What does a disc jockey have to do with being CIO?

A lot, according to former CIO for the state of Ohio, now-current Senior Vice President and CIO for shoe retailer Designer Brands (DSW) Ervan Rodgers.

In his June TEDTalk titled “Effective Leadership From a DJ Chief Information Officer,” Rodger uses a powerful analogy where he shares responsibilities with his side gig as an event DJ to demonstrate leadership similarities required for success in both roles.

While he spent less than the standard four years earning his bachelor’s degree in Organization Management, his advanced degree path was a longer road. His master’s of Information Strategy, Systems & Technology, Computer Science took over eight years, with full-time job responsibilities. He worked in IT-related positions for a national bank, and two global leaders in enterprise services before his time in the public sector.

Recognition of the CIO’s leadership responsibilities certainly wasn’t the main thrust for those departments in the early days of IT. Colleagues often joked about the strange tech people and saw them more in the support role within the organization. The new level of CIO understands the enterprise’s business strategy and even is looked upon to be a key driver of those initiatives.

Rodgers noted that a DJ shows leadership through the universal language of music, which has the power to build energy and engage people, such as through line-dancing, or to have them disengage by leaving the dance floor.

This is a powerful skill to master, he said, because the CIO’s energy is contagious and must demonstrate the confidence needed for leading massive tech projects and delivering digital services.

Due diligence through proper research is another key point. Promises to the client cannot be made without ensuring the people who help support the project have the right tools. Research also includes a timeline and budget allowances.

“You must be in tune with all the stakeholders,” Rodgers said.

“On a project, I take the time to build authentic relationships by getting to know my team, business areas, and vendors. By staying in tune, you have the opportunity to read the room. Extend the typical life of a CIO, which is three years. Without these skills, CIO stands for Career is Over.

Rodgers lays a clear message that the role of the CIO is multilayered, but leadership needs to be a tactical skill. Where you learn this skill may be different, but many colleges now offer it or are building a program for a Master’s in IT Management.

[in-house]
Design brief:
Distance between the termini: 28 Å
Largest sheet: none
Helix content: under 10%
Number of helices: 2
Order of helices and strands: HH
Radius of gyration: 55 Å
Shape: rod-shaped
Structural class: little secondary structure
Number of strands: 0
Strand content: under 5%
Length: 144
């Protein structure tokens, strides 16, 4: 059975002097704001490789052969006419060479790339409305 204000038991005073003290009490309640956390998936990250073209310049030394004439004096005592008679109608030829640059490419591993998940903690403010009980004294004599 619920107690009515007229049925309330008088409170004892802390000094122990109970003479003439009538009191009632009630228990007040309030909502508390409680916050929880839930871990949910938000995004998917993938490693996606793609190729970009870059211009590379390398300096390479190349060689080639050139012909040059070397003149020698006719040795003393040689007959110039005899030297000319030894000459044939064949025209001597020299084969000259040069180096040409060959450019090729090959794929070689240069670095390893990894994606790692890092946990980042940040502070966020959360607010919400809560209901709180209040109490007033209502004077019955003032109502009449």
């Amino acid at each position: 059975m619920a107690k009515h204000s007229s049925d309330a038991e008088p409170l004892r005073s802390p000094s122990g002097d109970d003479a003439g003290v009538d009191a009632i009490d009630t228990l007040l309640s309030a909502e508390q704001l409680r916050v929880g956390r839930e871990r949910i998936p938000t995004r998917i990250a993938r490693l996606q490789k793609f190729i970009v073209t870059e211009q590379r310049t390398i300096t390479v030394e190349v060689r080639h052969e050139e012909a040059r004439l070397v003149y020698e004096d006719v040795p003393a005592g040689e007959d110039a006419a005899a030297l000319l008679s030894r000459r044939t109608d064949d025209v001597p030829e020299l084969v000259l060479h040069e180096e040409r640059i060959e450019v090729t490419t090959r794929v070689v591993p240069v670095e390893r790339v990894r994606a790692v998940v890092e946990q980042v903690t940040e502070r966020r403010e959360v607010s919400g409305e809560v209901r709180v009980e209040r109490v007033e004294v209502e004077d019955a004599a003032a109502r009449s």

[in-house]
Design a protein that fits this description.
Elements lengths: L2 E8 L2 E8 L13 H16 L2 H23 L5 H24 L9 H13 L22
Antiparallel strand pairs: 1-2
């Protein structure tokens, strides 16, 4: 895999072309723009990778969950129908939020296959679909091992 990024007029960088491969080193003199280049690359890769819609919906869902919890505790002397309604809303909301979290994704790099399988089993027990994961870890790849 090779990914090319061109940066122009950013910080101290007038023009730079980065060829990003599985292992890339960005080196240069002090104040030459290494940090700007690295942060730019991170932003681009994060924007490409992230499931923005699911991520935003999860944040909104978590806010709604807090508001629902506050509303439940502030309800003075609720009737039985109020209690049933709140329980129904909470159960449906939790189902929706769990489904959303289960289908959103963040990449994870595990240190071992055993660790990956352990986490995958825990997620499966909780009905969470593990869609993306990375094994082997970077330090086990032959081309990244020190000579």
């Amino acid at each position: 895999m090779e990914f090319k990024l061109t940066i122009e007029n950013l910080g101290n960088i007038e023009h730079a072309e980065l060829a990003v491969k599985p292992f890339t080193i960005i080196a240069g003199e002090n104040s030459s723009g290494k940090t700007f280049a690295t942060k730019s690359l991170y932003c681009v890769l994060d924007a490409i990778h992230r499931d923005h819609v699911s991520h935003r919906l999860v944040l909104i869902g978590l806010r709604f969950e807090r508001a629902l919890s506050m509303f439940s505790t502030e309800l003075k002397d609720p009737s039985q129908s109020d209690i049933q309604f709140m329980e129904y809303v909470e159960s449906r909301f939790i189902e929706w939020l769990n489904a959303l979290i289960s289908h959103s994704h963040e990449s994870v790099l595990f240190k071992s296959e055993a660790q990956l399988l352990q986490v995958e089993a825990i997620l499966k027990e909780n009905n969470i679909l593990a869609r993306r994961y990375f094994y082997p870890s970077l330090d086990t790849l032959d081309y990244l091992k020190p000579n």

Higher education identifies the value of management role in the IT field

You can find this discussion in many places. Should I pursue a master’s degree in IT management?

A thread in the online forum reddit.com shows this debate in the answers:

“Afternoon everyone, I am debating on going for my masters. I worked on a help desk for 4 years and I have been a sysadmin for a year. I completed my undergraduate with a CIS degree. I got accepted into WGU and I am looking at M.S. Information Technology Management or M.S. Cybersecurity and Information Assurance. Anyone have thoughts on either degree?”

Of the 64 responses, some saw value based on their plans to pursue higher management roles within an organization, while others said it wasn’t necessary to obtain their mid-level responsibility role within their career to which they anticipated to advance.

Maureen Carley is the program manager at the University of Wisconsin Extended Campus (UWEX) in the MS-Information Technology Management and the MS Cybersecurity programs. During her time in her former position for Virginia Commonwealth University (VCU), she said in 2001 the new Information Systems Chair had the view that the department’s product was businesses’ future employees and began asking what they would need down the road.

“He pulled together a group of high-ranking technology leaders in the early 2000s — which was at the beginning of technology coming to the forefront of being a strategic versus a back-office function,” Carley said. “Their different reporting structures (reporting to the CFO versus the CEO) impacted how they were perceived within the organization, their day-to-day responsibilities, and if they had a seat at the table.